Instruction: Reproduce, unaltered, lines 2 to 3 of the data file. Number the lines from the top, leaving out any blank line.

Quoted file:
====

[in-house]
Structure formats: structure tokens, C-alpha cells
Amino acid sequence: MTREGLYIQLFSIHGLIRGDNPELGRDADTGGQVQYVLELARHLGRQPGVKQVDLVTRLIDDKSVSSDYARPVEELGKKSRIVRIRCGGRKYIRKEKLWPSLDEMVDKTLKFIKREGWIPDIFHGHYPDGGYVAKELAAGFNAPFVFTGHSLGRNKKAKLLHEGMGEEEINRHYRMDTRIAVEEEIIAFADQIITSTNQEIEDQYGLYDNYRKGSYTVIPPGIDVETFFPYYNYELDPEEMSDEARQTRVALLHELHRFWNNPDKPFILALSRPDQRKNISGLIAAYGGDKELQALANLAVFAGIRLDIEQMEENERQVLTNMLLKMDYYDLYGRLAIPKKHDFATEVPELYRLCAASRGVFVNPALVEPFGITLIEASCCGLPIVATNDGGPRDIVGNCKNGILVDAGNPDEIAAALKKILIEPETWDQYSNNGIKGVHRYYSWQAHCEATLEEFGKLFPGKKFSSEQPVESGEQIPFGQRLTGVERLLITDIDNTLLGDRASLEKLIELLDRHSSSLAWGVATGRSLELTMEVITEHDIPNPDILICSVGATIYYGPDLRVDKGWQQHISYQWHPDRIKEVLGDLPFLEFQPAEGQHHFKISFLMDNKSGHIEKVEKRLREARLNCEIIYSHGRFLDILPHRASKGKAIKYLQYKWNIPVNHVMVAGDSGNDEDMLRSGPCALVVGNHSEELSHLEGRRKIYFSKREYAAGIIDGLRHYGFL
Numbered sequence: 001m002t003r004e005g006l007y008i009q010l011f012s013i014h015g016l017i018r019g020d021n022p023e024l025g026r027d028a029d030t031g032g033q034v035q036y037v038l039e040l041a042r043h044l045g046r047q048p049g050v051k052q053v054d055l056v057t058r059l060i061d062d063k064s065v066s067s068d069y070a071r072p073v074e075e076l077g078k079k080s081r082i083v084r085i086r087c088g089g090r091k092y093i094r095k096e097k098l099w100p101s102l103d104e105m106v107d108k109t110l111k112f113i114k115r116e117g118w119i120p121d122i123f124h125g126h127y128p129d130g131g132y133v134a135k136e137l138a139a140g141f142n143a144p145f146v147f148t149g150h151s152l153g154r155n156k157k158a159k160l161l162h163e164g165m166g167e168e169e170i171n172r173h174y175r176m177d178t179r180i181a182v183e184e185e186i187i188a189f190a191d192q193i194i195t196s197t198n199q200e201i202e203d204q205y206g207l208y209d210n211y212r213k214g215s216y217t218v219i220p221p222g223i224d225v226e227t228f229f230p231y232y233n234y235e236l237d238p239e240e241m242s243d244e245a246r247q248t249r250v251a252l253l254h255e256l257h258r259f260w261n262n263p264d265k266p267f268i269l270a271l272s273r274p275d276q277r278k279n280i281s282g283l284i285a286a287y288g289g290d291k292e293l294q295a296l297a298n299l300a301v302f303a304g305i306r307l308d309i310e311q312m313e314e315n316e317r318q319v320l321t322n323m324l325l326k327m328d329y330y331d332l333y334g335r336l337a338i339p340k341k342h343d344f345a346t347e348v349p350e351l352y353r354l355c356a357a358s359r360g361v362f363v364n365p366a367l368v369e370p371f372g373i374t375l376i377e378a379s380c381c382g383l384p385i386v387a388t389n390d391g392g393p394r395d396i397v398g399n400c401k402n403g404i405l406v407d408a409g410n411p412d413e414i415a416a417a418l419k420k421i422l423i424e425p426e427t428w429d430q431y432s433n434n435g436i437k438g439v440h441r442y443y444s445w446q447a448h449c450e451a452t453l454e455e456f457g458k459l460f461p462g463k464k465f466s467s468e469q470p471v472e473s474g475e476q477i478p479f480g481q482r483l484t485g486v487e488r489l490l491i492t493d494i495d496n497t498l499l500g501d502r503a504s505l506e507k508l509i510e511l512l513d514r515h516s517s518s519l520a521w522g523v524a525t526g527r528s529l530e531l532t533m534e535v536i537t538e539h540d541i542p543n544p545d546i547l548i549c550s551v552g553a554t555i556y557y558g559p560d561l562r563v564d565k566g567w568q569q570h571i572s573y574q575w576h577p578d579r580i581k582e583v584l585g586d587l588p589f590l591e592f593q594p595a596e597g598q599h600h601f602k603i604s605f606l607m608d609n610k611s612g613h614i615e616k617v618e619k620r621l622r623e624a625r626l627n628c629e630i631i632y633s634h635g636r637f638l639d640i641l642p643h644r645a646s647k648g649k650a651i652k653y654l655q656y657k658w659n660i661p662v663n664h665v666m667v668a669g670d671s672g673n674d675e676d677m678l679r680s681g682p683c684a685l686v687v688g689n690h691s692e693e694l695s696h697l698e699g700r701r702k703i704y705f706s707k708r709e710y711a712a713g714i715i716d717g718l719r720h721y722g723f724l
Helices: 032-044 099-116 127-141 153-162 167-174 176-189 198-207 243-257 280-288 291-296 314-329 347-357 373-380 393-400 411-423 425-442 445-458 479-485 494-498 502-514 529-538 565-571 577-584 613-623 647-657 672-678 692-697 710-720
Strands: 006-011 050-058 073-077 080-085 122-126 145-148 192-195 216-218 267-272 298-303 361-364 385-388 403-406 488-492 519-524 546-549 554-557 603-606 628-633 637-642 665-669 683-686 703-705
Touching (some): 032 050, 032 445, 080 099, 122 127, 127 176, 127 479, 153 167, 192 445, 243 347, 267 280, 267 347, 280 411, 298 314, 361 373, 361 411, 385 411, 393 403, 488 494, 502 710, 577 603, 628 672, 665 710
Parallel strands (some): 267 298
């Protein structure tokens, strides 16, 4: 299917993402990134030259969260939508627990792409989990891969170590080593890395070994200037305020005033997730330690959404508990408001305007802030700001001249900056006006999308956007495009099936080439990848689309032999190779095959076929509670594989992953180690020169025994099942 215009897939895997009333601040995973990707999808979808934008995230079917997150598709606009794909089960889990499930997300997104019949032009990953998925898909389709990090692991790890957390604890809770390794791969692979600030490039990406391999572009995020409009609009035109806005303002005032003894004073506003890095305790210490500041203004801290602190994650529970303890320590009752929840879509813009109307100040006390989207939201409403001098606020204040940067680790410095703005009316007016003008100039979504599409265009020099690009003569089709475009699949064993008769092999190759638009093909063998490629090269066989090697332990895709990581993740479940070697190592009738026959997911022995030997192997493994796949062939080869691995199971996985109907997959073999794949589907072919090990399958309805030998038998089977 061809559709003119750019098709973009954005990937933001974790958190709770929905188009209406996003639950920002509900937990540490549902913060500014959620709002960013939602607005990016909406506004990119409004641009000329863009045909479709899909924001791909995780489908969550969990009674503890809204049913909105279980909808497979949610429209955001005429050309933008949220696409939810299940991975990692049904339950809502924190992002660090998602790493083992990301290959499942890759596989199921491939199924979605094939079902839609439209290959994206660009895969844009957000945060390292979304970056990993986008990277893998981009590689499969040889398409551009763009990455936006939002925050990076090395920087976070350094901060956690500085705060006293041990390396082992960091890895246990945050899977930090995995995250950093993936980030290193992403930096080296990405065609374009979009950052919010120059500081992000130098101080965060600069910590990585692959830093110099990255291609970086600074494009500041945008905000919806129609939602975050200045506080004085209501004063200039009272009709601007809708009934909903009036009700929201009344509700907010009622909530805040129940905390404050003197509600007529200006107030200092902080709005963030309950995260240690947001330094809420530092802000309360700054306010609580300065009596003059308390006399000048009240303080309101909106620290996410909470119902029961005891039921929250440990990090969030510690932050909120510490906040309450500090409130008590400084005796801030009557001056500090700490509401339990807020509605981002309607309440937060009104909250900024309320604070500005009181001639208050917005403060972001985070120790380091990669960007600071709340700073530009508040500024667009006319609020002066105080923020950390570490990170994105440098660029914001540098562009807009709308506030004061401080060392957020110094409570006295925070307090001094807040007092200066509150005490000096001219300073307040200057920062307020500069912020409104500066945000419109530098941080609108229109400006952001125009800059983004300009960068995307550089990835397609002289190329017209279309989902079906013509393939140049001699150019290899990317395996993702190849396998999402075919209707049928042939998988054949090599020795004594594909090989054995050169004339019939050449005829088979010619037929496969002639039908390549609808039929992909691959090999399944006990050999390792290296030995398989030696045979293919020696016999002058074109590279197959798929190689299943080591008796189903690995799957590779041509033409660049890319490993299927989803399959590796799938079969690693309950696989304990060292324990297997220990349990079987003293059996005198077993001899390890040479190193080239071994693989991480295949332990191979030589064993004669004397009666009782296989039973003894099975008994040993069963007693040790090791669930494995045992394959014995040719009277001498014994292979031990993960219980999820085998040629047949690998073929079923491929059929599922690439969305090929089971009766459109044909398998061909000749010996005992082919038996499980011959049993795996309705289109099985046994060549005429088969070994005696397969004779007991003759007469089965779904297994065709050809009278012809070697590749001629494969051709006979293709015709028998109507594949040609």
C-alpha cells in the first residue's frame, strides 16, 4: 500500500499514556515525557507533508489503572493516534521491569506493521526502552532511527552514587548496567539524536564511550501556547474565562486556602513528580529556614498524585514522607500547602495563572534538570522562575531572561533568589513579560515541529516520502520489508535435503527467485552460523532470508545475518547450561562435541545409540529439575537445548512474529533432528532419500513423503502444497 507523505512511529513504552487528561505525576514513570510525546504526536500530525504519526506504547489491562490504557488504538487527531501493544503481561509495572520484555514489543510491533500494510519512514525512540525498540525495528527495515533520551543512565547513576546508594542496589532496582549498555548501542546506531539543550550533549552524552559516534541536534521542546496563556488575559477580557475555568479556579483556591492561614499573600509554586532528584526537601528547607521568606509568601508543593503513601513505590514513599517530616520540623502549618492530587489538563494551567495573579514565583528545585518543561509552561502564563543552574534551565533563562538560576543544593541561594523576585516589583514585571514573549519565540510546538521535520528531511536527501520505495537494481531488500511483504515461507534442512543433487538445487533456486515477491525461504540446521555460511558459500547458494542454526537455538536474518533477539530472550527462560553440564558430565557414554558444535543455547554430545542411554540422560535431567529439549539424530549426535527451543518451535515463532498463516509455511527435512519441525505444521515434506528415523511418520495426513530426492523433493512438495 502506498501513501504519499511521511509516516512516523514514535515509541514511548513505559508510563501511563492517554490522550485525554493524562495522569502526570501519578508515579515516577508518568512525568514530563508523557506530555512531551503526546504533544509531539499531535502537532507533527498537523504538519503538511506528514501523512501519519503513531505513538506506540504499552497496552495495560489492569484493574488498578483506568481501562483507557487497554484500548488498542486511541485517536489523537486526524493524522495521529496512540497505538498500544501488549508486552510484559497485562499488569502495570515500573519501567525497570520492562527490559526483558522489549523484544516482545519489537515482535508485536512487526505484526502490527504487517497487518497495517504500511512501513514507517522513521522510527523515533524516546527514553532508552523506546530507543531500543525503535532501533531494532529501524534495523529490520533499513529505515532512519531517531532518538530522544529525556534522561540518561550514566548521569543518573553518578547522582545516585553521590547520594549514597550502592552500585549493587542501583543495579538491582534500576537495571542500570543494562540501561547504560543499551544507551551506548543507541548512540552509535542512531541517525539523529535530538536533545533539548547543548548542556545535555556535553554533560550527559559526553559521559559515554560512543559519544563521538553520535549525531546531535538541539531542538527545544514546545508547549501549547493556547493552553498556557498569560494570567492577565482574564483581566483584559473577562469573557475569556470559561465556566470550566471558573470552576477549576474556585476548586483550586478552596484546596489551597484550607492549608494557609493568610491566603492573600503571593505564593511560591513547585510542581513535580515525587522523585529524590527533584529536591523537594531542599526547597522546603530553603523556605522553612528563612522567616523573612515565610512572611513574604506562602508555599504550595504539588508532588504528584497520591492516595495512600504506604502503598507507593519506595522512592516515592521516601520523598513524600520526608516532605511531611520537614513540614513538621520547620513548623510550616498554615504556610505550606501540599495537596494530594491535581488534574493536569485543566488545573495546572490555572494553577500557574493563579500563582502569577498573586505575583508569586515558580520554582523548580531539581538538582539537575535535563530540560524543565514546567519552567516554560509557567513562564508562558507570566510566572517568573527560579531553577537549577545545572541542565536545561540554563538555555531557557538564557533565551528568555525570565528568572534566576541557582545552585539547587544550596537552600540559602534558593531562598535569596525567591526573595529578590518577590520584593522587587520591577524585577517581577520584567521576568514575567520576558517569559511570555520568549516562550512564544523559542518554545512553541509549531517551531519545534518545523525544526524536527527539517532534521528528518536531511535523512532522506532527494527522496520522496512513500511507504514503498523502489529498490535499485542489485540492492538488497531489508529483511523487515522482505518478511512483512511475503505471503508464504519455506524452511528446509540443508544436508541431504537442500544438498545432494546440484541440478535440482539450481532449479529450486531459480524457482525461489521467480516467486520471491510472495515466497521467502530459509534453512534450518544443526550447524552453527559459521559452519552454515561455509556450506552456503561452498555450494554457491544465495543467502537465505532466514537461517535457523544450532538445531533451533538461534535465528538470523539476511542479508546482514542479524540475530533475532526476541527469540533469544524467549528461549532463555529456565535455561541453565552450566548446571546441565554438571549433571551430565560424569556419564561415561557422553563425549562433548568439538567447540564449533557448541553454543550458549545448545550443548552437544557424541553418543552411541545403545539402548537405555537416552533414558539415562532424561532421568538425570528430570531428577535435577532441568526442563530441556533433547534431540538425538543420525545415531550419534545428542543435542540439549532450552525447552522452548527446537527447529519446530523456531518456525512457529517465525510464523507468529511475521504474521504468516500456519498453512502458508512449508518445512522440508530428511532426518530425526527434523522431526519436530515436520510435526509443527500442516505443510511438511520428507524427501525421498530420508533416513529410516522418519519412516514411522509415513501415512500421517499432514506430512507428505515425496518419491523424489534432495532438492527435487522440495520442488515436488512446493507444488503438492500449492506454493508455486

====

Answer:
Structure formats: structure tokens, C-alpha cells
Amino acid sequence: MTREGLYIQLFSIHGLIRGDNPELGRDADTGGQVQYVLELARHLGRQPGVKQVDLVTRLIDDKSVSSDYARPVEELGKKSRIVRIRCGGRKYIRKEKLWPSLDEMVDKTLKFIKREGWIPDIFHGHYPDGGYVAKELAAGFNAPFVFTGHSLGRNKKAKLLHEGMGEEEINRHYRMDTRIAVEEEIIAFADQIITSTNQEIEDQYGLYDNYRKGSYTVIPPGIDVETFFPYYNYELDPEEMSDEARQTRVALLHELHRFWNNPDKPFILALSRPDQRKNISGLIAAYGGDKELQALANLAVFAGIRLDIEQMEENERQVLTNMLLKMDYYDLYGRLAIPKKHDFATEVPELYRLCAASRGVFVNPALVEPFGITLIEASCCGLPIVATNDGGPRDIVGNCKNGILVDAGNPDEIAAALKKILIEPETWDQYSNNGIKGVHRYYSWQAHCEATLEEFGKLFPGKKFSSEQPVESGEQIPFGQRLTGVERLLITDIDNTLLGDRASLEKLIELLDRHSSSLAWGVATGRSLELTMEVITEHDIPNPDILICSVGATIYYGPDLRVDKGWQQHISYQWHPDRIKEVLGDLPFLEFQPAEGQHHFKISFLMDNKSGHIEKVEKRLREARLNCEIIYSHGRFLDILPHRASKGKAIKYLQYKWNIPVNHVMVAGDSGNDEDMLRSGPCALVVGNHSEELSHLEGRRKIYFSKREYAAGIIDGLRHYGFL